"A child's learning is the funtion more of the characteristics of his classmates than those of the teacher." James Coleman, 1972

Monday, February 19, 2007

Hope, and Call

From the NEA website:

Ten United States senators have declared their support for significantly overhauling the No Child Left Behind Act's testing mandates and other changes as Congress prepares to tackle reauthorization of the massive federal education law.

The concerns are expressed in a letter dated Feb. 15, 2007 by Sen. Russ Feingold (D-WI) to the Senate Health, Education, Labor, and Pensions (HELP) Committee chaired by Sen. Ted Kennedy (D-MA). Work in the Senate on NCLB/ESEA reauthorization will start in this committee.

Others signing on to Sen. Feingold's letter so far include Senators Patrick Leahy (D-VT), Maria Cantwell (D-WA), Ben Nelson (D-NE), Debbie Stabenow (D-MI), Amy Klobuchar (D-MN), Ken Salazar (D-CO), Claire McCaskill (D-MO), Carl Levin (D-MI) and Richard J. Durbin (D-IL)

In the letter, the lawmakers state:

"We have concluded that the testing mandates of No Child Left Behind in their current form are unsustainable and must be overhauled significantly during the reauthorization process beginning this year."

"While we all agree that states and districts should be held accountable for academic outcomes and continue working toward closing the achievement gap among their students, federal education law should not take the form of a one-size-fits-all, cookie-cutter approach."

The senators articulate a wide range of concerns, including the effects of federal funding that is "well below the agreed upon authorization levels," that indicate a thorough understanding of the problems NCLB poses for administrators, teachers, and students as it has been implemented to date.

They wrote, "Time and again, we have heard from teachers and administrators who are frustrated by the lack of flexibility in the Department of Education's implementation of the law. Additionally, national reports have also called into question the effectiveness of NCLB's statutory provisions and the effects of these provisions on students and teachers."

Feingold and the other senators who signed the letter are calling on the Senate HELP Committee to focus its hearings on the following:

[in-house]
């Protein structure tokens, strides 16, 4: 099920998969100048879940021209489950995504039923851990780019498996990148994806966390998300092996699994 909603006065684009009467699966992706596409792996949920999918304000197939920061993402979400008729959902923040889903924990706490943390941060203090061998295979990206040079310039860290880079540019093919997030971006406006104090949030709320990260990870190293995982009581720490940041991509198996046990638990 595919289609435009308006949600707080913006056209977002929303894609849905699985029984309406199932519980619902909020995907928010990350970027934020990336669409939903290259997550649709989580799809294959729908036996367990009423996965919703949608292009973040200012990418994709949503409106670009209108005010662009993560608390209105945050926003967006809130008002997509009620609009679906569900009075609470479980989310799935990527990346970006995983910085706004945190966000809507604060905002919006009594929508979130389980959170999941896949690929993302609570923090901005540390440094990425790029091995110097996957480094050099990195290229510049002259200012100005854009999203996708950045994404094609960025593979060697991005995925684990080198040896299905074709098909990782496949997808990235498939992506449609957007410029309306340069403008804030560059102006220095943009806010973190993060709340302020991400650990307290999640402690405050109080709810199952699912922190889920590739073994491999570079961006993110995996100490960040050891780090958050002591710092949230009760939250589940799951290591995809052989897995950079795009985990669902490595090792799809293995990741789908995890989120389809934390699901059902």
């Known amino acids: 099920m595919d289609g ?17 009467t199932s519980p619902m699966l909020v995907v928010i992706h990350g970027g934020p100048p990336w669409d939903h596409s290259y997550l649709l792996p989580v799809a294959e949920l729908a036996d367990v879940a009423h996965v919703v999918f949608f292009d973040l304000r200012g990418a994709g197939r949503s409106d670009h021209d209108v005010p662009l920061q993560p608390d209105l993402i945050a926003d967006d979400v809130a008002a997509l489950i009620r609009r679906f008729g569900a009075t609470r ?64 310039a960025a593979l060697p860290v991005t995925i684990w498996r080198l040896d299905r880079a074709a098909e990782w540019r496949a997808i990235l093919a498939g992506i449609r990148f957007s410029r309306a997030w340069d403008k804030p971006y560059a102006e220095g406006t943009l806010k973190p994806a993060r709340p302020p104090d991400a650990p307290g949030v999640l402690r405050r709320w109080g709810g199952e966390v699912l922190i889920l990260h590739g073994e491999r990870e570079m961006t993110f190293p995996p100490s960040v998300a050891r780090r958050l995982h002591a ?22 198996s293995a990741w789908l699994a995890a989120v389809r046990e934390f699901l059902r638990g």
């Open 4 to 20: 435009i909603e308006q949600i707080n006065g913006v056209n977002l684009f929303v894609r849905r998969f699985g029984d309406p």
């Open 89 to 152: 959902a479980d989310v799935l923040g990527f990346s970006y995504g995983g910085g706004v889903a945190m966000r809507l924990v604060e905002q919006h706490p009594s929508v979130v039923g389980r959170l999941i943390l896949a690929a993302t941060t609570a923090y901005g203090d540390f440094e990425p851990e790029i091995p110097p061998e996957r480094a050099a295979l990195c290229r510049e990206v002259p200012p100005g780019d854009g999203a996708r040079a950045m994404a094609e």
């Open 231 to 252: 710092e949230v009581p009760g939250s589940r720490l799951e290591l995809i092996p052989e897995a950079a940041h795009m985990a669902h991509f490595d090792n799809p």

Adequate Funding and Financial Burdens Facing School Districts

  • the effect that federal funding well below the agreed upon authorization levels for crucial programs such as Title I and special education is having on schools' ability to meet NCLB and state standards;
  • the financial cost to states and school districts for the NCLB data collection and reporting requirements, and its effect on the overall education of our children as states and districts continue to face tight budgets;

Sensible Accountability Models

  • the inability of schools and districts to receive credit for student growth under the current AYP provisions of NCLB;
  • the concern and likelihood that nearly all public schools may not be able to meet the goal of 100percent proficient scores on reading and math tests by the 2013-2014 school year, even if those schools show a steady increase in student achievement each year;
  • the concern with the Department of Education's process for approving and denying states' amendments to their accountability plans and whether more transparency in the Department's process is needed;

Differences in School Districts Size and Composition

  • the unique circumstances of rural and smaller school districts, as well as large urban districts, and in particular, the special challenges that the supplementary services and public school transfer requirements and NCLB accountability structure pose for these districts;

Effect on Teachers Students and Curriculum

  • the long-term effects that meeting the one-size-fits-all adequate yearly progress provisions will have on students, schools, and school districts;
  • the toll that preparation for the mandatory reading and math tests for students in grades 3-8, including time spent teaching to the tests, is having on, and will have on, the ability of teachers to spend time on innovative and exciting approaches to instruction and assessment; instruction time available for such subjects as social studies, art, and music; the strength of state academic standards; and the morale of students and educators;
  • the degree to which requirements of NCLB are pressuring schools and teachers to narrow curriculums to the subject and content areas that appear on standardized tests;
  • the ongoing efforts to align the NCLB and the Individuals with Disabilities Act, and particularly how we can ensure that meeting the NCLB's accountability goals is not in conflict with the education goals in a student's Individualized Education Plan;
  • the unique challenges that the accountability provisions pose for special education students and students with limited English proficiency, including efforts to ensure that these students are tested in a manner that is tailored to their individual needs;
  • the ongoing problems with the Reading First program as documented in the recent Inspector General report;
  • the need for additional federal funding for professional development and for the costs of providing additional training for paraprofessionals, as well as the need for increased funding for teacher and principal recruitment and retention in light of the expected teacher and administrator shortage, on the ability of states and school districts to comply with the NCLB requirements for highly qualified teachers and paraprofessionals;

Supportive Interventions for Struggling Schools

  • the federal sanctions structure included in the law, which focuses more on taking away from schools than on targeting resources to what those schools need to succeed; and
  • the implementation of the supplemental services provisions, including implications for federal civil rights law.

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